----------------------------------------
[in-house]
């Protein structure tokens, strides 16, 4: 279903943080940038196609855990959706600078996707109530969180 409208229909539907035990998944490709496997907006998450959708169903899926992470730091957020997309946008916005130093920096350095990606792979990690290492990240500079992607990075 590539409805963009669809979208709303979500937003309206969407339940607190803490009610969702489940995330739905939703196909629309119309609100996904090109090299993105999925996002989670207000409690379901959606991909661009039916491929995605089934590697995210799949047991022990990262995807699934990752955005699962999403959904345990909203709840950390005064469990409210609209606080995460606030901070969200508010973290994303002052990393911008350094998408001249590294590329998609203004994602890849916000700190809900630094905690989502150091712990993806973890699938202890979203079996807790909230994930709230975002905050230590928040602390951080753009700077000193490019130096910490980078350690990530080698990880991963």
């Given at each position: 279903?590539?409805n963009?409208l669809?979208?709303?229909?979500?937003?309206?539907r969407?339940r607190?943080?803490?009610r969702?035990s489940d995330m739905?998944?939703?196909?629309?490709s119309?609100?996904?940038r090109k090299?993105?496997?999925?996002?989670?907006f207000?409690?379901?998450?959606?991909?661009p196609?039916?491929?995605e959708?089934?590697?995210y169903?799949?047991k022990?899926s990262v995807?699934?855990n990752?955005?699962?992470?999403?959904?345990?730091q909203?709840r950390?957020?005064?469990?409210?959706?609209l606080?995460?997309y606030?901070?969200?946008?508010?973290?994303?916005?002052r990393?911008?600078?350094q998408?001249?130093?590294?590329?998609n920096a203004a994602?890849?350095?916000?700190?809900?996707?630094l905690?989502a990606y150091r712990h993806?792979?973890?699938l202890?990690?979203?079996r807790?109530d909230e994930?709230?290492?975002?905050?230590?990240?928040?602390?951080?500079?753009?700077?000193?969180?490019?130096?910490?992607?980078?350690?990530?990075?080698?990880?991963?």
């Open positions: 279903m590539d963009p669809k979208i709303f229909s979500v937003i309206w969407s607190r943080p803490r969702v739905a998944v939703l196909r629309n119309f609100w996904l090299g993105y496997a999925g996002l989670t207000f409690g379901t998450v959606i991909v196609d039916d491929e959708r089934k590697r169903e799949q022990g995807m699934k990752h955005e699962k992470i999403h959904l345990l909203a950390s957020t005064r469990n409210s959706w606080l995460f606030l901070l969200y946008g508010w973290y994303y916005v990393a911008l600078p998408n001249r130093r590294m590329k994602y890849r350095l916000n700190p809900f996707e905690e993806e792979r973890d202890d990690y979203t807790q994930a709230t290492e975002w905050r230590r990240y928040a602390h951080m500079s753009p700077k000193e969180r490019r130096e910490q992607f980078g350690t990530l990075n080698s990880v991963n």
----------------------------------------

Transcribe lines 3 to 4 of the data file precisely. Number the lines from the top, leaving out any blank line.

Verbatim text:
């Given at each position: 279903?590539?409805n963009?409208l669809?979208?709303?229909?979500?937003?309206?539907r969407?339940r607190?943080?803490?009610r969702?035990s489940d995330m739905?998944?939703?196909?629309?490709s119309?609100?996904?940038r090109k090299?993105?496997?999925?996002?989670?907006f207000?409690?379901?998450?959606?991909?661009p196609?039916?491929?995605e959708?089934?590697?995210y169903?799949?047991k022990?899926s990262v995807?699934?855990n990752?955005?699962?992470?999403?959904?345990?730091q909203?709840r950390?957020?005064?469990?409210?959706?609209l606080?995460?997309y606030?901070?969200?946008?508010?973290?994303?916005?002052r990393?911008?600078?350094q998408?001249?130093?590294?590329?998609n920096a203004a994602?890849?350095?916000?700190?809900?996707?630094l905690?989502a990606y150091r712990h993806?792979?973890?699938l202890?990690?979203?079996r807790?109530d909230e994930?709230?290492?975002?905050?230590?990240?928040?602390?951080?500079?753009?700077?000193?969180?490019?130096?910490?992607?980078?350690?990530?990075?080698?990880?991963?």
């Open positions: 279903m590539d963009p669809k979208i709303f229909s979500v937003i309206w969407s607190r943080p803490r969702v739905a998944v939703l196909r629309n119309f609100w996904l090299g993105y496997a999925g996002l989670t207000f409690g379901t998450v959606i991909v196609d039916d491929e959708r089934k590697r169903e799949q022990g995807m699934k990752h955005e699962k992470i999403h959904l345990l909203a950390s957020t005064r469990n409210s959706w606080l995460f606030l901070l969200y946008g508010w973290y994303y916005v990393a911008l600078p998408n001249r130093r590294m590329k994602y890849r350095l916000n700190p809900f996707e905690e993806e792979r973890d202890d990690y979203t807790q994930a709230t290492e975002w905050r230590r990240y928040a602390h951080m500079s753009p700077k000193e969180r490019r130096e910490q992607f980078g350690t990530l990075n080698s990880v991963n």